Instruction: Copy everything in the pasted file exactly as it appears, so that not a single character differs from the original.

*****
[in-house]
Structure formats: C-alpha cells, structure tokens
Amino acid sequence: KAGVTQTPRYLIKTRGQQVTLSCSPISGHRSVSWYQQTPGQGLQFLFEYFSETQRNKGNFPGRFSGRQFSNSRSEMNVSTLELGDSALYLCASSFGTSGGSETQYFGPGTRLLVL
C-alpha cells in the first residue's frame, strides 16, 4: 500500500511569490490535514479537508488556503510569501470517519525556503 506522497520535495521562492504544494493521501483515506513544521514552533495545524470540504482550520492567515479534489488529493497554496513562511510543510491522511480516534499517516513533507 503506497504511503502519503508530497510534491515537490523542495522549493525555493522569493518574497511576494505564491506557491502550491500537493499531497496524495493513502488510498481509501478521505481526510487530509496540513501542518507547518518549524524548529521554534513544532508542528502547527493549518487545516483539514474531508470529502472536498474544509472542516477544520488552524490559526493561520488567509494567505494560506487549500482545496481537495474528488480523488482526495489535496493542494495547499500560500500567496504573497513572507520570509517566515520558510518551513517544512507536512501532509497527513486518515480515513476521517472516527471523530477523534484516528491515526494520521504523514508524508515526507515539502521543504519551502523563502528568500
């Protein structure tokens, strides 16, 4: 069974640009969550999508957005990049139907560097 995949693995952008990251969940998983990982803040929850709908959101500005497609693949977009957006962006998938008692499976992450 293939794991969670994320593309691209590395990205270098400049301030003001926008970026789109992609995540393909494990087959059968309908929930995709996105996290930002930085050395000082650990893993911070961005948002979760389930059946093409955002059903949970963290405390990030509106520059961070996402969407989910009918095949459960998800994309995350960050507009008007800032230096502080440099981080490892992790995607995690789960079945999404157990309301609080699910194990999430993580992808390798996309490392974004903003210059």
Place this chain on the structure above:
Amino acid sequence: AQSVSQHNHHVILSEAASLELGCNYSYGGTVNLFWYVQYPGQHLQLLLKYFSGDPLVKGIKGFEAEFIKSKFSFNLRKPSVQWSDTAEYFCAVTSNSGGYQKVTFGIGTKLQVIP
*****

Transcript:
[in-house]
Structure formats: C-alpha cells, structure tokens
Amino acid sequence: KAGVTQTPRYLIKTRGQQVTLSCSPISGHRSVSWYQQTPGQGLQFLFEYFSETQRNKGNFPGRFSGRQFSNSRSEMNVSTLELGDSALYLCASSFGTSGGSETQYFGPGTRLLVL
C-alpha cells in the first residue's frame, strides 16, 4: 500500500511569490490535514479537508488556503510569501470517519525556503 506522497520535495521562492504544494493521501483515506513544521514552533495545524470540504482550520492567515479534489488529493497554496513562511510543510491522511480516534499517516513533507 503506497504511503502519503508530497510534491515537490523542495522549493525555493522569493518574497511576494505564491506557491502550491500537493499531497496524495493513502488510498481509501478521505481526510487530509496540513501542518507547518518549524524548529521554534513544532508542528502547527493549518487545516483539514474531508470529502472536498474544509472542516477544520488552524490559526493561520488567509494567505494560506487549500482545496481537495474528488480523488482526495489535496493542494495547499500560500500567496504573497513572507520570509517566515520558510518551513517544512507536512501532509497527513486518515480515513476521517472516527471523530477523534484516528491515526494520521504523514508524508515526507515539502521543504519551502523563502528568500
């Protein structure tokens, strides 16, 4: 069974640009969550999508957005990049139907560097 995949693995952008990251969940998983990982803040929850709908959101500005497609693949977009957006962006998938008692499976992450 293939794991969670994320593309691209590395990205270098400049301030003001926008970026789109992609995540393909494990087959059968309908929930995709996105996290930002930085050395000082650990893993911070961005948002979760389930059946093409955002059903949970963290405390990030509106520059961070996402969407989910009918095949459960998800994309995350960050507009008007800032230096502080440099981080490892992790995607995690789960079945999404157990309301609080699910194990999430993580992808390798996309490392974004903003210059």
Place this chain on the structure above:
Amino acid sequence: AQSVSQHNHHVILSEAASLELGCNYSYGGTVNLFWYVQYPGQHLQLLLKYFSGDPLVKGIKGFEAEFIKSKFSFNLRKPSVQWSDTAEYFCAVTSNSGGYQKVTFGIGTKLQVIP